Crane advertises automatic
migrations, i.e. it would run them after a
C-c C-c. Unfortunately Crane has
some issues, it doesn’t work with sqlite yet and the author is busy
elsewhere. It didn’t work for me at first try.
Let’s hope the author comes back to work on this in a near future.
On an error we are usually dropped into the interactive debugger by default.
Snooze gives options:
- use the debugger,
- print the stacktrace in the browser (like clack-errors below, but built-in),
- display a custom 404.
clack-errors. Like a Flask or Django stacktrace in the browser. For Caveman, Ningle and family.
By default, when Clack throws an exception when rendering a page, the server waits for the response until it times out while the exception waits in the REPL. This isn’t very useful. So now there’s this.
It prints the stacktrace along with some request details on the browser. Can return a custom error page in production.
Are you tired of jumping to your web browser every time you need to test your work in Clack? Clack-pretend will capture and replay calls to your clack middleware stack. When developing a web application with clack, you will often find it inconvenient to run your code from the lisp REPL because it expects a clack environment, including perhaps, cookies or a logged-in user. With clack-pretend, you can run prior web requests from your REPL, moving development back where it belongs.
Testing with a local DB: example of a testing macro.
We would use envy to switch configurations.
Oauth, Job queues, etc
Djula: as Django templates. Good documentation. Comes by default in Lucerne and Caveman.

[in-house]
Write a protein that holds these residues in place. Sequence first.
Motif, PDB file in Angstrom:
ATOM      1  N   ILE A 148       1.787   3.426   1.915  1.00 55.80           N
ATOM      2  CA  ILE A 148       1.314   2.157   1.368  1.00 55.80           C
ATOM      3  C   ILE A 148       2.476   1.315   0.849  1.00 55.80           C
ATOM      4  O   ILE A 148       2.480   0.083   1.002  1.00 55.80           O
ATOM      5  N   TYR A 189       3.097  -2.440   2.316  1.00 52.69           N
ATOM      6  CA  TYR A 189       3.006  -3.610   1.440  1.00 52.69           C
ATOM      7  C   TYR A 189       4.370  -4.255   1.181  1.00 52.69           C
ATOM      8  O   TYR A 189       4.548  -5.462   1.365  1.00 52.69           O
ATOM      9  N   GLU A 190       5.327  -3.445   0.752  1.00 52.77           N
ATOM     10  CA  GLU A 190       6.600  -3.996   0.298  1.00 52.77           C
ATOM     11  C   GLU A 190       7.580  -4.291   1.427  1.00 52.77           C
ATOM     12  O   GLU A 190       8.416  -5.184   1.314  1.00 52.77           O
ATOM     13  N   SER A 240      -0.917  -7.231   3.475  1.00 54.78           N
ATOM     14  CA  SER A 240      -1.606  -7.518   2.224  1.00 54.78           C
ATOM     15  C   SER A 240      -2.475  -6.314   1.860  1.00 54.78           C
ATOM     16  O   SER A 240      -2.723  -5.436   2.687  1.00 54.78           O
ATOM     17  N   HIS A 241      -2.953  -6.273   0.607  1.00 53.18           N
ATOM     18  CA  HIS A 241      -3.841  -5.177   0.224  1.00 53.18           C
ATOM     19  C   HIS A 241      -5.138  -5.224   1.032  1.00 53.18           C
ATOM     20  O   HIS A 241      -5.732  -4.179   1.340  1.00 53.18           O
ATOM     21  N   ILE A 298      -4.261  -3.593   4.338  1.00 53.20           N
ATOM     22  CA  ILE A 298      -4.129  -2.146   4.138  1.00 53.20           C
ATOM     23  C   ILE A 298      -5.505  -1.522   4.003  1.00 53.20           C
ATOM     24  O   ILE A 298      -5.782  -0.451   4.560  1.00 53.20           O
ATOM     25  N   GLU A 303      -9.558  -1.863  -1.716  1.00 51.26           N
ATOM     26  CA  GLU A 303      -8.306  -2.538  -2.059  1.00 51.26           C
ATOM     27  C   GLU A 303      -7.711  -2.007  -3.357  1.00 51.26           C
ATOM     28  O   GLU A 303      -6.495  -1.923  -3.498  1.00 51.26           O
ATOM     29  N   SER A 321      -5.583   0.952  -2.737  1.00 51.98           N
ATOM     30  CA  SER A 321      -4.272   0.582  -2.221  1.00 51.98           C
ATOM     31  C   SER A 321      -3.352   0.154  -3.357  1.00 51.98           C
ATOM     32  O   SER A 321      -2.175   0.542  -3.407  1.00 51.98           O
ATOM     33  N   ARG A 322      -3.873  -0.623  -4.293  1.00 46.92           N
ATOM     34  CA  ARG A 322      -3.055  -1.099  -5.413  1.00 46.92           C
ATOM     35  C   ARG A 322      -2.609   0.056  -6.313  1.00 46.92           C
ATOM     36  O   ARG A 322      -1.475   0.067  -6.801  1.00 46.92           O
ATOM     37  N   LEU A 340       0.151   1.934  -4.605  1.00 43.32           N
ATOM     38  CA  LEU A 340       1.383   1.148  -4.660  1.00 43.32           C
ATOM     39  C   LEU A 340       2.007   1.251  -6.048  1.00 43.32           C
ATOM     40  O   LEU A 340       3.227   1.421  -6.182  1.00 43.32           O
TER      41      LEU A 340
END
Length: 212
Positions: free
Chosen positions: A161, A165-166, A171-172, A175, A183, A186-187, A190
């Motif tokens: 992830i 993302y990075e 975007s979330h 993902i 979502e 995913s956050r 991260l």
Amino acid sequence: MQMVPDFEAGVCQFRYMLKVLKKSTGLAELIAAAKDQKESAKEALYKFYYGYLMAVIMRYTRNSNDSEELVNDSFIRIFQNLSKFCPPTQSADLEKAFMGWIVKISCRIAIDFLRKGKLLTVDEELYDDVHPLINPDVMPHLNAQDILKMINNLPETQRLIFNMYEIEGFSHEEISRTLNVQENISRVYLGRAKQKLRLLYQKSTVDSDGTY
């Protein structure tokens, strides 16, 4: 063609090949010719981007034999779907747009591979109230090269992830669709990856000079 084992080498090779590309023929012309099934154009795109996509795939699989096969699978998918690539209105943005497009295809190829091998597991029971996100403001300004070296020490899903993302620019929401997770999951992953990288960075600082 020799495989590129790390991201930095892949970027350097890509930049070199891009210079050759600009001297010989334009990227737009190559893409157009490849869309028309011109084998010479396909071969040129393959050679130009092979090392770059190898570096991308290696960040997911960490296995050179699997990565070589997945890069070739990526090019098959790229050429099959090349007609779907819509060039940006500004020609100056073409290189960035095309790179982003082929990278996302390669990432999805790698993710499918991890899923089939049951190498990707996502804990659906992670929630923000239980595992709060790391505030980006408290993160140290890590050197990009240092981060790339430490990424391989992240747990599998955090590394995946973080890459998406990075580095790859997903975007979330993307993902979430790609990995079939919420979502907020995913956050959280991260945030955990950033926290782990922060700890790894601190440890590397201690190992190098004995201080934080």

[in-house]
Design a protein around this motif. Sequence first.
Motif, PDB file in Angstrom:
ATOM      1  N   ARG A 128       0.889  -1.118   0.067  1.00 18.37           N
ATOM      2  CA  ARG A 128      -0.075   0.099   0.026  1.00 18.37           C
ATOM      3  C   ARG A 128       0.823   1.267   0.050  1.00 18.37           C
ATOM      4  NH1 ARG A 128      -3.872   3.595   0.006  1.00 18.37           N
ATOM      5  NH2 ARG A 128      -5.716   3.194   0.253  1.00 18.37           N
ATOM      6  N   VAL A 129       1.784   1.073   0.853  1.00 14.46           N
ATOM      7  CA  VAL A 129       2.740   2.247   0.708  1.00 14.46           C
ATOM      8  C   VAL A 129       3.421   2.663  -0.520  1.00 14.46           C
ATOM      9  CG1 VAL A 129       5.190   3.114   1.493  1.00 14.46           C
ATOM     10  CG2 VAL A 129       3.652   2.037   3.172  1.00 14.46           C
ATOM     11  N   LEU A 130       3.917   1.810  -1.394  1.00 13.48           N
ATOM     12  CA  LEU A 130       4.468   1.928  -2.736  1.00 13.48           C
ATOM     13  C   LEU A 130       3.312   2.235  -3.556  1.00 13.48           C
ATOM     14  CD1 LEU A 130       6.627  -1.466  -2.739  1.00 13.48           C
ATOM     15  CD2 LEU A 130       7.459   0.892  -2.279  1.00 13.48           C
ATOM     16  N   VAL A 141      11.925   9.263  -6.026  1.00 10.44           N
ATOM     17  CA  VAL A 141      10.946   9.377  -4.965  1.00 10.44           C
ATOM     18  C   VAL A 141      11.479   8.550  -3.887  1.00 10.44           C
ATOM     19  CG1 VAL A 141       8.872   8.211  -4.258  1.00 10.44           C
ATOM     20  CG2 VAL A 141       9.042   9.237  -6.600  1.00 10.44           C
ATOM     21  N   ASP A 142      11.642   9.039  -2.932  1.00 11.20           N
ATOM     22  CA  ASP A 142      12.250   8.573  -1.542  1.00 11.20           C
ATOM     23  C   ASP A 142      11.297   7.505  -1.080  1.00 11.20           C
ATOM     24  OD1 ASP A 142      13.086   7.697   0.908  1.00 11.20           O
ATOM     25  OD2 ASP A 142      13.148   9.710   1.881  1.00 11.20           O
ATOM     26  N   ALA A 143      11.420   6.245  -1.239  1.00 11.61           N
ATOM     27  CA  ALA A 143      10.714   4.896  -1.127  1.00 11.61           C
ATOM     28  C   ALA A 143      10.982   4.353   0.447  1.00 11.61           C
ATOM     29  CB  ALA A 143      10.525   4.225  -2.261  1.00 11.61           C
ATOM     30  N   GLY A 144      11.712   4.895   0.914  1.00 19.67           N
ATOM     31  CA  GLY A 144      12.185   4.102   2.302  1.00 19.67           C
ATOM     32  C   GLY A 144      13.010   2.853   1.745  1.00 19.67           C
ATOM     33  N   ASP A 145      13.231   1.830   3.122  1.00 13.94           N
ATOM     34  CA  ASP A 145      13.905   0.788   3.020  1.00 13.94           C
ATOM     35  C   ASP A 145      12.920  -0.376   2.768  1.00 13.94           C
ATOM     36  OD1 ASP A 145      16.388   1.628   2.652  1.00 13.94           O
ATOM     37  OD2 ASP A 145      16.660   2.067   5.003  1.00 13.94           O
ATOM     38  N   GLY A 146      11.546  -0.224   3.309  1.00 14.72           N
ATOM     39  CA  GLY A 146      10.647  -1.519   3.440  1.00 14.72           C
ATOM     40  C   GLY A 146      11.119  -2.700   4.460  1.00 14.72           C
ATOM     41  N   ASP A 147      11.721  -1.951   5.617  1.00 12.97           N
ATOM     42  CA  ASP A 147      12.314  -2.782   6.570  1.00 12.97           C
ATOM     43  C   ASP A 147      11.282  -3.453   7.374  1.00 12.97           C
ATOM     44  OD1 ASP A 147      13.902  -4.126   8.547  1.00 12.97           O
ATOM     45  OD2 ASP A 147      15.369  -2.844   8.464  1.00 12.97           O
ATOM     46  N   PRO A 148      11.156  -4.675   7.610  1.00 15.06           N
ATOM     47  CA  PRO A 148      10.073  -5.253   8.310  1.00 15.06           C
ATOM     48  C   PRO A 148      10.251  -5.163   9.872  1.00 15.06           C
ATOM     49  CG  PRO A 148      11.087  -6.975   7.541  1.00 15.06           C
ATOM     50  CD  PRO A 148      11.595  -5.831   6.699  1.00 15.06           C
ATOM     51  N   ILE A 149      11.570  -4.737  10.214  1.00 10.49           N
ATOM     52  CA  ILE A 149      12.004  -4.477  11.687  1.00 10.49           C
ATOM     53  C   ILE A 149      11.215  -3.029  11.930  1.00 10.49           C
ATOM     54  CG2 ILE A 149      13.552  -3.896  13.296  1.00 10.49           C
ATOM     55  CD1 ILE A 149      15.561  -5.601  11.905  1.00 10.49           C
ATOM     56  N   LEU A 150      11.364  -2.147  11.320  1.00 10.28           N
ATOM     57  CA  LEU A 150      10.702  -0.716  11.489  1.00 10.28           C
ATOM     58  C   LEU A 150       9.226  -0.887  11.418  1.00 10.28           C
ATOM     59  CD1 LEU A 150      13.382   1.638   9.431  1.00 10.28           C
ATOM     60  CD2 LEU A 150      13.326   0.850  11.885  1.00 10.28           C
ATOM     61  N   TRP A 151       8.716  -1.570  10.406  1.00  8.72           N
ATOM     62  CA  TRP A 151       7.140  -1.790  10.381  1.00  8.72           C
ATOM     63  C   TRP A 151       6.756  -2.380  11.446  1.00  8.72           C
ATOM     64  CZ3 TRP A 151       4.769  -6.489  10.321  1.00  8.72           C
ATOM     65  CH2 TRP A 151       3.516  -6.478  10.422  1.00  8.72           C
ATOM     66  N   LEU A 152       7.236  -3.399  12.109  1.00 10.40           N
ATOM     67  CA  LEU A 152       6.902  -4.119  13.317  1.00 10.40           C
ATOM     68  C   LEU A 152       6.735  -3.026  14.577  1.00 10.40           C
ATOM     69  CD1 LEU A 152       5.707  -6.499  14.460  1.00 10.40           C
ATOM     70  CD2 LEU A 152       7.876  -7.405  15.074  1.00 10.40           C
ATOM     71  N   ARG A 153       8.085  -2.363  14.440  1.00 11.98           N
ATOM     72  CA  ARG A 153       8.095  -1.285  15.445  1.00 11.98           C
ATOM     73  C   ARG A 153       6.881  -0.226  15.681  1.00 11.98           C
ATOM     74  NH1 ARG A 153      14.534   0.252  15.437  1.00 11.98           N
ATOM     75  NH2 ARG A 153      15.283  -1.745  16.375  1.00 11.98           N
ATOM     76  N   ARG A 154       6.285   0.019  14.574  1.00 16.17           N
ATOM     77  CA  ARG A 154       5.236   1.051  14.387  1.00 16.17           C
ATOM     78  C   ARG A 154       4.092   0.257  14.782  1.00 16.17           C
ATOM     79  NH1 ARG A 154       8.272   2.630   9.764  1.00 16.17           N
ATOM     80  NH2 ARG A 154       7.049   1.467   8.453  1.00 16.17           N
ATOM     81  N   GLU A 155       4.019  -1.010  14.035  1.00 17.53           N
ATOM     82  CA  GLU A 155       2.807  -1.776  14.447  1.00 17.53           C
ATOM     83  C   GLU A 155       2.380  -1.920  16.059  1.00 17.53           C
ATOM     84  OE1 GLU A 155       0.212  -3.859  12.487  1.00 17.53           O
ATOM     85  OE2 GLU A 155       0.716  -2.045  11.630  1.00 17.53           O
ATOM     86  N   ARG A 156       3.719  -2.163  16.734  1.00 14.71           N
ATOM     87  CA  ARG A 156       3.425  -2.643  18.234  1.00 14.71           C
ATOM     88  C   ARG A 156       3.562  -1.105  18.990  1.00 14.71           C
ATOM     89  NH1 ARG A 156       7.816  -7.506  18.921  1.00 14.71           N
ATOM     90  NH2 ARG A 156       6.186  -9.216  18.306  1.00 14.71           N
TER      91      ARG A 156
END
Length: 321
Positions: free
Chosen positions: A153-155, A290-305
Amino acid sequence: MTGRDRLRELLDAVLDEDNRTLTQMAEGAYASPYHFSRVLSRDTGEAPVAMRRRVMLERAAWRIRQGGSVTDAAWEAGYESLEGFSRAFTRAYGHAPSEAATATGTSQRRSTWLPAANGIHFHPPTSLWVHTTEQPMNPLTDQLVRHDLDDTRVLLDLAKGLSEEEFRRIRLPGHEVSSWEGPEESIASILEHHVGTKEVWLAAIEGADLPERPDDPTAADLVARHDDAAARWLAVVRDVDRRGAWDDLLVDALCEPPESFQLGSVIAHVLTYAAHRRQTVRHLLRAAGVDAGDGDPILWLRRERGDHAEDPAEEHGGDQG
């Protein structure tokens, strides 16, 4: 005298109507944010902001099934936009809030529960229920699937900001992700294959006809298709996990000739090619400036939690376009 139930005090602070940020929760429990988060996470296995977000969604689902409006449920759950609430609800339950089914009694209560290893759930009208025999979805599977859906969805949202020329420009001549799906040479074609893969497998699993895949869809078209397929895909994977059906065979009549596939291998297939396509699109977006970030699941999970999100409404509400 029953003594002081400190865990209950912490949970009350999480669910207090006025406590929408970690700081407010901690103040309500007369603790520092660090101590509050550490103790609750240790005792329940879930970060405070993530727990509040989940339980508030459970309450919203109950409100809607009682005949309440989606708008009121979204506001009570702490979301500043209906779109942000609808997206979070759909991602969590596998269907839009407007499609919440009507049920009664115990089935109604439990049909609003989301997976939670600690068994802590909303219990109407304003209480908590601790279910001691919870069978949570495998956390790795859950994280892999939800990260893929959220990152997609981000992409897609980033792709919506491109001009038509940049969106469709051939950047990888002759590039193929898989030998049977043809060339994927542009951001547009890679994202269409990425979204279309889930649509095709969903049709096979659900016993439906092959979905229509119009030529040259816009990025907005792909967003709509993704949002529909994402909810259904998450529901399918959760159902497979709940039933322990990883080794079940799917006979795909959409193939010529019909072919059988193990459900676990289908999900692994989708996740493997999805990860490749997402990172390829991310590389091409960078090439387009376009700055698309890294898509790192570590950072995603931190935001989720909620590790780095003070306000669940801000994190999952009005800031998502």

We also use a dot to access attributes of dict-like variables (plists, alists, hash-tables, arrays and CLOS objects), such a feature being backed by the access library.
We wanted once to use structs and didn’t find how to it directly in Djula, so we resorted in a quick helper function to transform the struct in an alist.
Eco - a mix of html with lisp expressions.
<body> <% if posts %> <h1>Recent Posts</h1> <ul id="post-list"> <% loop for (title . snippet) in posts %> <li><%= title %> - <%= snippet %></li> <% end %> </ul> ...
I prefer the semantics of Spinneret over cl-who. It also has more features (like embeddable markdown, warns on malformed html, and more).
The case Webblocks - Reblocks, 2017
The framework evolves around widgets, that are updated server-side and are automatically redisplayed with transparent ajax calls on the client.
It is being massively refactored, simplified, rewritten and documented since 2017. See the new quickstart:
Writing a dynamic todo-app resolves in:
- defining a widget class for a task:
(defwidget task () ((title :initarg :title :accessor title) (done :initarg :done :initform nil :accessor done)))
- doing the same for a list of tasks:
(defwidget task-list () ((tasks :initarg :tasks :accessor tasks)))
- saying how to render these widgets in html by extending the
(defmethod render ((task task)) "Render a task." (with-html (:span (if (done task) (with-html (:s (title task))) (title task))))) (defmethod render ((widget task-list)) "Render a list of tasks." (with-html (:h1 "Tasks") (:ul (loop for task in (tasks widget) do (:li (render task))))))
- telling how to initialize the Weblocks app:
(defmethod weblocks/session:init ((app tasks)) (declare (ignorable app)) (let ((tasks (make-task-list "Make my first Weblocks app" "Deploy it somewhere" "Have a profit"))) (make-instance 'task-list :tasks tasks)))
- and then writing functions to interact with the widgets, for example adding a task:
(defmethod add-task ((task-list task-list) title) (push (make-task title) (tasks task-list)) (update task-list))
Adding an html form and calling the new
(defmethod render ((task-list task-list)) (with-html (:h1 "Tasks") (loop for task in (tasks task-list) do (render task)) (with-html-form (:POST (lambda (&key title &allow-other-keys) (add-task task-list title))) (:input :type "text" :name "title" :placeholder "Task's title") (:input :type "submit" :value "Add"))))